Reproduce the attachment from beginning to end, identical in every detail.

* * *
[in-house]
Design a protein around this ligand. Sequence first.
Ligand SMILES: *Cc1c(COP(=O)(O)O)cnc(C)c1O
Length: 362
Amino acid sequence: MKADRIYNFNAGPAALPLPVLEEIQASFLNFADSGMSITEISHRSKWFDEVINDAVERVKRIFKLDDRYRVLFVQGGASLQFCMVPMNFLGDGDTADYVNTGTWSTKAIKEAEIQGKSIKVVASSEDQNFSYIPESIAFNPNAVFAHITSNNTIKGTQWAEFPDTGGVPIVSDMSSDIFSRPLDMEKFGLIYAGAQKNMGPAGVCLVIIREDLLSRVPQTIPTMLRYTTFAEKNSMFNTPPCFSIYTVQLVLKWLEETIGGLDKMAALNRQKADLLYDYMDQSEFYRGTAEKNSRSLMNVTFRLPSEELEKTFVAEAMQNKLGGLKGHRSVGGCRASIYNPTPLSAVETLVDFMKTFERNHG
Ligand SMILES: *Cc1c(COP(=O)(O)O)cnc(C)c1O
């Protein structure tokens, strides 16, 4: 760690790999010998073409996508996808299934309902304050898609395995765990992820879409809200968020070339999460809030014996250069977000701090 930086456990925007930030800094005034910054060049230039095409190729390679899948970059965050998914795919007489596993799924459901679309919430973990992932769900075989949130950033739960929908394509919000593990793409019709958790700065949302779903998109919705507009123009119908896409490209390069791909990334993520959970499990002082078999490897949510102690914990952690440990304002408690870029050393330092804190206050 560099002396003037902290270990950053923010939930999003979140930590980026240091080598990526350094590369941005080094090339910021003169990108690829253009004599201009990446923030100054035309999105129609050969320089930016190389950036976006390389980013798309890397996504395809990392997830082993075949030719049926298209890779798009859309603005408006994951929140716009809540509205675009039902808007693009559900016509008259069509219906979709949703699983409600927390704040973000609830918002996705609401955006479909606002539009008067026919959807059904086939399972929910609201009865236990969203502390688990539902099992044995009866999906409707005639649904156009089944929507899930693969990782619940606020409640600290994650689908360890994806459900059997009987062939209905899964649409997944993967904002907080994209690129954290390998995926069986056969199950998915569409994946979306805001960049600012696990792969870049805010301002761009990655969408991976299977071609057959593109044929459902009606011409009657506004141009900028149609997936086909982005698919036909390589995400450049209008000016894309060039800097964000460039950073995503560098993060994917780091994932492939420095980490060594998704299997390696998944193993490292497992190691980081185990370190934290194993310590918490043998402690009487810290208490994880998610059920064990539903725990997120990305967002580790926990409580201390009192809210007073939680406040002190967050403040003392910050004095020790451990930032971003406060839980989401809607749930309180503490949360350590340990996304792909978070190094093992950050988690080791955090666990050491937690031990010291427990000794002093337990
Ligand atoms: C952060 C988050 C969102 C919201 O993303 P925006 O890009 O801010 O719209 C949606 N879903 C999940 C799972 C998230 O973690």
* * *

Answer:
[in-house]
Design a protein around this ligand. Sequence first.
Ligand SMILES: *Cc1c(COP(=O)(O)O)cnc(C)c1O
Length: 362
Amino acid sequence: MKADRIYNFNAGPAALPLPVLEEIQASFLNFADSGMSITEISHRSKWFDEVINDAVERVKRIFKLDDRYRVLFVQGGASLQFCMVPMNFLGDGDTADYVNTGTWSTKAIKEAEIQGKSIKVVASSEDQNFSYIPESIAFNPNAVFAHITSNNTIKGTQWAEFPDTGGVPIVSDMSSDIFSRPLDMEKFGLIYAGAQKNMGPAGVCLVIIREDLLSRVPQTIPTMLRYTTFAEKNSMFNTPPCFSIYTVQLVLKWLEETIGGLDKMAALNRQKADLLYDYMDQSEFYRGTAEKNSRSLMNVTFRLPSEELEKTFVAEAMQNKLGGLKGHRSVGGCRASIYNPTPLSAVETLVDFMKTFERNHG
Ligand SMILES: *Cc1c(COP(=O)(O)O)cnc(C)c1O
């Protein structure tokens, strides 16, 4: 760690790999010998073409996508996808299934309902304050898609395995765990992820879409809200968020070339999460809030014996250069977000701090 930086456990925007930030800094005034910054060049230039095409190729390679899948970059965050998914795919007489596993799924459901679309919430973990992932769900075989949130950033739960929908394509919000593990793409019709958790700065949302779903998109919705507009123009119908896409490209390069791909990334993520959970499990002082078999490897949510102690914990952690440990304002408690870029050393330092804190206050 560099002396003037902290270990950053923010939930999003979140930590980026240091080598990526350094590369941005080094090339910021003169990108690829253009004599201009990446923030100054035309999105129609050969320089930016190389950036976006390389980013798309890397996504395809990392997830082993075949030719049926298209890779798009859309603005408006994951929140716009809540509205675009039902808007693009559900016509008259069509219906979709949703699983409600927390704040973000609830918002996705609401955006479909606002539009008067026919959807059904086939399972929910609201009865236990969203502390688990539902099992044995009866999906409707005639649904156009089944929507899930693969990782619940606020409640600290994650689908360890994806459900059997009987062939209905899964649409997944993967904002907080994209690129954290390998995926069986056969199950998915569409994946979306805001960049600012696990792969870049805010301002761009990655969408991976299977071609057959593109044929459902009606011409009657506004141009900028149609997936086909982005698919036909390589995400450049209008000016894309060039800097964000460039950073995503560098993060994917780091994932492939420095980490060594998704299997390696998944193993490292497992190691980081185990370190934290194993310590918490043998402690009487810290208490994880998610059920064990539903725990997120990305967002580790926990409580201390009192809210007073939680406040002190967050403040003392910050004095020790451990930032971003406060839980989401809607749930309180503490949360350590340990996304792909978070190094093992950050988690080791955090666990050491937690031990010291427990000794002093337990
Ligand atoms: C952060 C988050 C969102 C919201 O993303 P925006 O890009 O801010 O719209 C949606 N879903 C999940 C799972 C998230 O973690």